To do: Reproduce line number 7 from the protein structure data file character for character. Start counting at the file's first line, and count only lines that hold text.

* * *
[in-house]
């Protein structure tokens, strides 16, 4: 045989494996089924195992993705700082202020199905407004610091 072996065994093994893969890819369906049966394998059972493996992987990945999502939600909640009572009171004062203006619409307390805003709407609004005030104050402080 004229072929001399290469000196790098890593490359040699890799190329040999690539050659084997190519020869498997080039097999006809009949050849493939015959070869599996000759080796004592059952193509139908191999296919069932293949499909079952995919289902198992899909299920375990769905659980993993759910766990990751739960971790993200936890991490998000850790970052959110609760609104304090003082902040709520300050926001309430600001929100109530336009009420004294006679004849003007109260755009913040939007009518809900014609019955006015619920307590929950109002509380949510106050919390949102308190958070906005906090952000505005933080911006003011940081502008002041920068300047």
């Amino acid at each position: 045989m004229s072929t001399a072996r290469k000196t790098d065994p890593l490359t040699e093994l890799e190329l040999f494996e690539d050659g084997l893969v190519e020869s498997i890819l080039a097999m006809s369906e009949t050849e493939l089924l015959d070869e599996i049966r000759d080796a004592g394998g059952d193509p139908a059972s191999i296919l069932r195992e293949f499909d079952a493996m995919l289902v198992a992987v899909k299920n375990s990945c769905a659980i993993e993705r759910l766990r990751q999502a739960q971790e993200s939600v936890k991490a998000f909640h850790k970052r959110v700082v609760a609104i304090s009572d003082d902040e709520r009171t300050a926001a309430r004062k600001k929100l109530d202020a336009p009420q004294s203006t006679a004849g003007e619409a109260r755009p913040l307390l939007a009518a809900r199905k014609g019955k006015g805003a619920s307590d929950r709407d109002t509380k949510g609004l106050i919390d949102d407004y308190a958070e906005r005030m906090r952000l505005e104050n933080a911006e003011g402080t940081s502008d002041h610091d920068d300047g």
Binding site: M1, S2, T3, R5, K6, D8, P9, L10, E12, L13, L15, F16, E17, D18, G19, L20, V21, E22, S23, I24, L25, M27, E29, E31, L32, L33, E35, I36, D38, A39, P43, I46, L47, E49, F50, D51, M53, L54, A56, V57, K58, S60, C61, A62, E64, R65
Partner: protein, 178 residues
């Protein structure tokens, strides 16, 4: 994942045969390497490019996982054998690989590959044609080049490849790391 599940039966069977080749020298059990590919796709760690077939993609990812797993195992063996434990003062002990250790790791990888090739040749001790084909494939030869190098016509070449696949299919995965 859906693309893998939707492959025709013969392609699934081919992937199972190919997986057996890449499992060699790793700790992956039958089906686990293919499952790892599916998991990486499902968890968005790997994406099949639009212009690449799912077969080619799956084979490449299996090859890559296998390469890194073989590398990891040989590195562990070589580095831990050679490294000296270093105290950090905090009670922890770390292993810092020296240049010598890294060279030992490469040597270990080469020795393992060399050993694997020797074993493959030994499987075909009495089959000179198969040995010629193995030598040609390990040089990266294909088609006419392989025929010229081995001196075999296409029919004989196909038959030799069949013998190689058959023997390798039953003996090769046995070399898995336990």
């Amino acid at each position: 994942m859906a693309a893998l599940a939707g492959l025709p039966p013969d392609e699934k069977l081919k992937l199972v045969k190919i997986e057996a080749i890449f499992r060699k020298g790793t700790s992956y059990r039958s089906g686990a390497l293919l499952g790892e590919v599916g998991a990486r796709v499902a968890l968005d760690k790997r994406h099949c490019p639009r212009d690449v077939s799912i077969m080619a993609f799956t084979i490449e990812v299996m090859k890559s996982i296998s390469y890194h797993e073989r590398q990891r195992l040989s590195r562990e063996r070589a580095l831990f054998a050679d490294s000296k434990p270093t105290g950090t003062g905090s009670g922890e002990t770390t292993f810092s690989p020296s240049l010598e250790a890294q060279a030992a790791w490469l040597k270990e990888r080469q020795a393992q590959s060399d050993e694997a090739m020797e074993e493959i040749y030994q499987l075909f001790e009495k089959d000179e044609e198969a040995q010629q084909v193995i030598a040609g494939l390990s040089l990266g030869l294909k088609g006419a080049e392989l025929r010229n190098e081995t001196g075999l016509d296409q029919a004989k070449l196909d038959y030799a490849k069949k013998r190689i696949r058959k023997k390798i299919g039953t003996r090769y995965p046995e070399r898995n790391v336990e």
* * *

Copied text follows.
């Amino acid at each position: 994942m859906a693309a893998l599940a939707g492959l025709p039966p013969d392609e699934k069977l081919k992937l199972v045969k190919i997986e057996a080749i890449f499992r060699k020298g790793t700790s992956y059990r039958s089906g686990a390497l293919l499952g790892e590919v599916g998991a990486r796709v499902a968890l968005d760690k790997r994406h099949c490019p639009r212009d690449v077939s799912i077969m080619a993609f799956t084979i490449e990812v299996m090859k890559s996982i296998s390469y890194h797993e073989r590398q990891r195992l040989s590195r562990e063996r070589a580095l831990f054998a050679d490294s000296k434990p270093t105290g950090t003062g905090s009670g922890e002990t770390t292993f810092s690989p020296s240049l010598e250790a890294q060279a030992a790791w490469l040597k270990e990888r080469q020795a393992q590959s060399d050993e694997a090739m020797e074993e493959i040749y030994q499987l075909f001790e009495k089959d000179e044609e198969a040995q010629q084909v193995i030598a040609g494939l390990s040089l990266g030869l294909k088609g006419a080049e392989l025929r010229n190098e081995t001196g075999l016509d296409q029919a004989k070449l196909d038959y030799a490849k069949k013998r190689i696949r058959k023997k390798i299919g039953t003996r090769y995965p046995e070399r898995n790391v336990e």